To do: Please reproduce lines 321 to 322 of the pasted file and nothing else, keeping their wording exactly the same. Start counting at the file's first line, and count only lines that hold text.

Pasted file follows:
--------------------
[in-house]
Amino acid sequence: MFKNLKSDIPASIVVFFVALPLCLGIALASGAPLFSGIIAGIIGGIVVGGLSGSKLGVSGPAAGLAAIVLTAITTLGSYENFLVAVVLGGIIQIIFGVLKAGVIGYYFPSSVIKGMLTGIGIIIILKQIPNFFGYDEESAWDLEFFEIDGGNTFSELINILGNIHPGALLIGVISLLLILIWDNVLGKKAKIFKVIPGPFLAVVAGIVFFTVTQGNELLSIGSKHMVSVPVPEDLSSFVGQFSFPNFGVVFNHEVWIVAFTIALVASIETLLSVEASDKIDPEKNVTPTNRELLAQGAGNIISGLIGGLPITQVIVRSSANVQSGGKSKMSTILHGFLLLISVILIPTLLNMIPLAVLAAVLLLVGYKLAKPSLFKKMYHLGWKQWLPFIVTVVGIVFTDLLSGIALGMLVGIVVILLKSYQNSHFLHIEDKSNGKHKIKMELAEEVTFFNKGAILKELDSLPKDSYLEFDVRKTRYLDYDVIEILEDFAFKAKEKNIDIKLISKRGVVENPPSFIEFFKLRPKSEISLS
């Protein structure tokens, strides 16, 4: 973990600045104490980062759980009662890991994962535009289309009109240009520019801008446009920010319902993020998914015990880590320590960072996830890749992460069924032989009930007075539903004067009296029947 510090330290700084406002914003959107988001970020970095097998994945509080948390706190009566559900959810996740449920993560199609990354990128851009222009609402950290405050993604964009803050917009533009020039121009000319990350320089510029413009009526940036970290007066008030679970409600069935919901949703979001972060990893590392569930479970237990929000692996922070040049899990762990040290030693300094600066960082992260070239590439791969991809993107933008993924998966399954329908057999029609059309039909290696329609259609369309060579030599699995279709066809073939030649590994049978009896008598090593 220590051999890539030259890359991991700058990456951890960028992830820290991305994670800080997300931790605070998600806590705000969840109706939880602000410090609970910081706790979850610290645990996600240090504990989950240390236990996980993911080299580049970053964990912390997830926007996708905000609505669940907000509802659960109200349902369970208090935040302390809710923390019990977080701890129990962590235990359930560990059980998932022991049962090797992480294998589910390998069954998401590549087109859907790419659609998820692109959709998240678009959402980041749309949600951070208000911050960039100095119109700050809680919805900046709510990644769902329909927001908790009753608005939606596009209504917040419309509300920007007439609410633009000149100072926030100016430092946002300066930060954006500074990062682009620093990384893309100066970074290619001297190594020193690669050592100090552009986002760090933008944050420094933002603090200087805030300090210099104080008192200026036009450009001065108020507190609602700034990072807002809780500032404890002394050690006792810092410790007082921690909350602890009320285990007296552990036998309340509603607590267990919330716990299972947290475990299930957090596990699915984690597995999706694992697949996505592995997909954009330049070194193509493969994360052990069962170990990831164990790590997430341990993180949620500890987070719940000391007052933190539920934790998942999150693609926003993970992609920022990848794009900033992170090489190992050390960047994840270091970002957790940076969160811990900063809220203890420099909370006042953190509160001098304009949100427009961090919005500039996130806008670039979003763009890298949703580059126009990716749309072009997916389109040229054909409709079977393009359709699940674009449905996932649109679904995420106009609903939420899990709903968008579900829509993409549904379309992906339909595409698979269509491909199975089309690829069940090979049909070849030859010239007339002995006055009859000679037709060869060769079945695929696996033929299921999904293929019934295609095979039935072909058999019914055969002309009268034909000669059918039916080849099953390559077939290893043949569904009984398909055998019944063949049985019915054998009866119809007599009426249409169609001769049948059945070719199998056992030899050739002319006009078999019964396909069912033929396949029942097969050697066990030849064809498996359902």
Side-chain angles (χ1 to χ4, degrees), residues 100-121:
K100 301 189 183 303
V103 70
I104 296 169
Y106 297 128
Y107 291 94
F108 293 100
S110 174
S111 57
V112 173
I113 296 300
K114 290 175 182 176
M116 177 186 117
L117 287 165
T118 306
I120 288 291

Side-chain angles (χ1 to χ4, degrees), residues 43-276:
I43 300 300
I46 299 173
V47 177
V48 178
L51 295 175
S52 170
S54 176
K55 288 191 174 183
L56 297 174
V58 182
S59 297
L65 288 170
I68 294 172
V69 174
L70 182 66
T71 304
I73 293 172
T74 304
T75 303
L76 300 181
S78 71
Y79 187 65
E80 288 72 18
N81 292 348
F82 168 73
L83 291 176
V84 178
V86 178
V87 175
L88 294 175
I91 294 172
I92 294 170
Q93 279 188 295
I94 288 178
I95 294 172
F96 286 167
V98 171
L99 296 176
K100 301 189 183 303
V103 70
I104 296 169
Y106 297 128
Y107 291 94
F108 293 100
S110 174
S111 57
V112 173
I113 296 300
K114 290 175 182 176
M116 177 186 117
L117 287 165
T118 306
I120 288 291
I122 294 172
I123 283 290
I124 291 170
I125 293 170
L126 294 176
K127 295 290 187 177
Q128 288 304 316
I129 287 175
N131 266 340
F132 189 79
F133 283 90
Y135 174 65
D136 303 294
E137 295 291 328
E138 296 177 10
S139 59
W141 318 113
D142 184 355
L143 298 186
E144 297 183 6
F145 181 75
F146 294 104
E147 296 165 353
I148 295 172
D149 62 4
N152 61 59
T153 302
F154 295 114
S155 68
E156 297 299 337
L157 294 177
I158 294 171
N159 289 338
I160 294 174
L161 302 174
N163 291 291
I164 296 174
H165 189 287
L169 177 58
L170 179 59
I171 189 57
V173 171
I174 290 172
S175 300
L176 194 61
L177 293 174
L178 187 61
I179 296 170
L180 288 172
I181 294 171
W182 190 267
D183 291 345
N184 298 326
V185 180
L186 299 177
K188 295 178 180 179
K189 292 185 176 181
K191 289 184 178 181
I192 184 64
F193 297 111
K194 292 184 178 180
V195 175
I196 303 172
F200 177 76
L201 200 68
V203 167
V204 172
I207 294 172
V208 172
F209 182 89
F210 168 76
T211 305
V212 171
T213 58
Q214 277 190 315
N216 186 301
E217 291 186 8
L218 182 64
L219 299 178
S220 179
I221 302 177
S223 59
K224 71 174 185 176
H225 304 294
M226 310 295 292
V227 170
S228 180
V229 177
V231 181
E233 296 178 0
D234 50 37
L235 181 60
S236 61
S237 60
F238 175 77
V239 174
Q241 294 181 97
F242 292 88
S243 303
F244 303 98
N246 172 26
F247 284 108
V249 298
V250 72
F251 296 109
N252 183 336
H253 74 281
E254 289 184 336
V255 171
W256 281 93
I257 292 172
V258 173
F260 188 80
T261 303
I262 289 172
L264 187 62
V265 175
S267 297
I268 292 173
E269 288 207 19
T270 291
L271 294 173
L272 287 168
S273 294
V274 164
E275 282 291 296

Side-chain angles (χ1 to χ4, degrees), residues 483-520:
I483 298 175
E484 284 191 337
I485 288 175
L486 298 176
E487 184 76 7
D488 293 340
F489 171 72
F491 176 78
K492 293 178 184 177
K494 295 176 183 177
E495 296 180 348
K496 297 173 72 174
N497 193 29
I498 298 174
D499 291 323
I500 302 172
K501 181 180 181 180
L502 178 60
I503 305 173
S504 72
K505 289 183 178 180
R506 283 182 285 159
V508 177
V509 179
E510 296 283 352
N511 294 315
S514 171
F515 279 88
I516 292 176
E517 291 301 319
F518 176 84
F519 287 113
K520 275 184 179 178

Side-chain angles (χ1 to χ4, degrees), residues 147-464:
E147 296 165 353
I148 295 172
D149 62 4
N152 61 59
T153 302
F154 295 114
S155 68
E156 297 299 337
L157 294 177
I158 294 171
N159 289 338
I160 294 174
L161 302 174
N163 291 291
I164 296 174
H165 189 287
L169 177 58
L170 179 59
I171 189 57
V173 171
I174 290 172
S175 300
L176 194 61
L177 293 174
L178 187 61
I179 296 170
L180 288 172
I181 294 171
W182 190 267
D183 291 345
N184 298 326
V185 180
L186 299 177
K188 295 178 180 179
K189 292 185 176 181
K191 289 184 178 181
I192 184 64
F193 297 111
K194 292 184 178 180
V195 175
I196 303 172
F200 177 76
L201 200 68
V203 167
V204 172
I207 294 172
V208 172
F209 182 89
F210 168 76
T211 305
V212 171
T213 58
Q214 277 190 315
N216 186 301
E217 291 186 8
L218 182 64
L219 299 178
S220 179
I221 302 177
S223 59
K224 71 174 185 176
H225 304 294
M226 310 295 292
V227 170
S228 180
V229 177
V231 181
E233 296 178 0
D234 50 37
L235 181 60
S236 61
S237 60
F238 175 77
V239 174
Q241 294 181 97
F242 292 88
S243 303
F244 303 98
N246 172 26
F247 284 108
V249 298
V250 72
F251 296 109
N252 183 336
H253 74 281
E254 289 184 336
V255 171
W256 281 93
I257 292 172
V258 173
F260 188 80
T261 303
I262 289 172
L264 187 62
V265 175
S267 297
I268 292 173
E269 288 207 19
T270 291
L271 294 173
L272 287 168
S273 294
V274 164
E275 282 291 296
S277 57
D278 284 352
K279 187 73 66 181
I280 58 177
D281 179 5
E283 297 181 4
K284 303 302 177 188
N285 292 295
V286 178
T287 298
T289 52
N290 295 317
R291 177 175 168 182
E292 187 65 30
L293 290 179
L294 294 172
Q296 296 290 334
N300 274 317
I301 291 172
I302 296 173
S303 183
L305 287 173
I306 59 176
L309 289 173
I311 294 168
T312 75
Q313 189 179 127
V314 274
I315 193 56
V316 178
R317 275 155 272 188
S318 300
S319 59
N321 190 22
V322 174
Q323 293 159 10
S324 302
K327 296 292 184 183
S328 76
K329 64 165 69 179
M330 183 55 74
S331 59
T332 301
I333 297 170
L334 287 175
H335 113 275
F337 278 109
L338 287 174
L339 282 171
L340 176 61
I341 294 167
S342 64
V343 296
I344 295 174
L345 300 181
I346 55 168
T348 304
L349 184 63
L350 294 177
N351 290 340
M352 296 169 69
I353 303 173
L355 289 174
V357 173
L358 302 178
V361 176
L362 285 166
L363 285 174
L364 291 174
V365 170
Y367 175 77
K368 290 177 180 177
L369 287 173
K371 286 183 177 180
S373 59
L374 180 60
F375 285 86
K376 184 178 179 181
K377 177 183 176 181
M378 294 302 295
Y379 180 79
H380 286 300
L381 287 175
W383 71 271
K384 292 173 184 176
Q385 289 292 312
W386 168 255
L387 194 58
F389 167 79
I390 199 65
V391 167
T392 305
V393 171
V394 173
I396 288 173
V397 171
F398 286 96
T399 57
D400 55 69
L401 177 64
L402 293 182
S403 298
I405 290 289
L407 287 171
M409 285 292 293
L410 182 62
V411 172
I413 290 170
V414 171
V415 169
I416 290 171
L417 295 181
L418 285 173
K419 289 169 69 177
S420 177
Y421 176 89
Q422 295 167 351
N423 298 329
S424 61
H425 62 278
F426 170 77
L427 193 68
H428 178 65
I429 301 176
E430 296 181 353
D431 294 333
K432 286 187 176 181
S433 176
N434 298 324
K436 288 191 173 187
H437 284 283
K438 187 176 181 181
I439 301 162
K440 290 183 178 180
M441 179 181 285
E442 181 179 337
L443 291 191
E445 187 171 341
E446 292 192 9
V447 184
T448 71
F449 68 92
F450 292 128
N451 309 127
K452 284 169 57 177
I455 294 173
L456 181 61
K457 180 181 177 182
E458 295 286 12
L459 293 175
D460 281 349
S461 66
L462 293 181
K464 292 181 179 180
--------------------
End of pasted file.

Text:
V255 171
W256 281 93